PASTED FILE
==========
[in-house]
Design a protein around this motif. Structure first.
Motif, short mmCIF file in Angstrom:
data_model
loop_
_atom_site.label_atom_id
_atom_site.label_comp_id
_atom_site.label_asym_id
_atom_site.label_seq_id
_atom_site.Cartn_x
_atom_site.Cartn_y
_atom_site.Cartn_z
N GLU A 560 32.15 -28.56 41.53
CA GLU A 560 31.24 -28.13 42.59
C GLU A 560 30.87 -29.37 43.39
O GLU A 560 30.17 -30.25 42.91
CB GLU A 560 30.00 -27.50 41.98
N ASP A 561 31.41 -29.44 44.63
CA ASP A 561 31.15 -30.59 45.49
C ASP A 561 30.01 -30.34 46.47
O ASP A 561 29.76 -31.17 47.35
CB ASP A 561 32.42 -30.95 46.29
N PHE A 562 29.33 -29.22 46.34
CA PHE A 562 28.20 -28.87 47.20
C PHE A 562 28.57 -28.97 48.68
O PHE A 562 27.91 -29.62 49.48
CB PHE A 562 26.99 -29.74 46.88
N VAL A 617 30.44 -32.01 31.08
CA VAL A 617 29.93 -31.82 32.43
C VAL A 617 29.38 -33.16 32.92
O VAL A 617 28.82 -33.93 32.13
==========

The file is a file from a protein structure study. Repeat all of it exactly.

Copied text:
[in-house]
Design a protein around this motif. Structure first.
Motif, short mmCIF file in Angstrom:
data_model
loop_
_atom_site.label_atom_id
_atom_site.label_comp_id
_atom_site.label_asym_id
_atom_site.label_seq_id
_atom_site.Cartn_x
_atom_site.Cartn_y
_atom_site.Cartn_z
N GLU A 560 32.15 -28.56 41.53
CA GLU A 560 31.24 -28.13 42.59
C GLU A 560 30.87 -29.37 43.39
O GLU A 560 30.17 -30.25 42.91
CB GLU A 560 30.00 -27.50 41.98
N ASP A 561 31.41 -29.44 44.63
CA ASP A 561 31.15 -30.59 45.49
C ASP A 561 30.01 -30.34 46.47
O ASP A 561 29.76 -31.17 47.35
CB ASP A 561 32.42 -30.95 46.29
N PHE A 562 29.33 -29.22 46.34
CA PHE A 562 28.20 -28.87 47.20
C PHE A 562 28.57 -28.97 48.68
O PHE A 562 27.91 -29.62 49.48
CB PHE A 562 26.99 -29.74 46.88
N VAL A 617 30.44 -32.01 31.08
CA VAL A 617 29.93 -31.82 32.43
C VAL A 617 29.38 -33.16 32.92
O VAL A 617 28.82 -33.93 32.13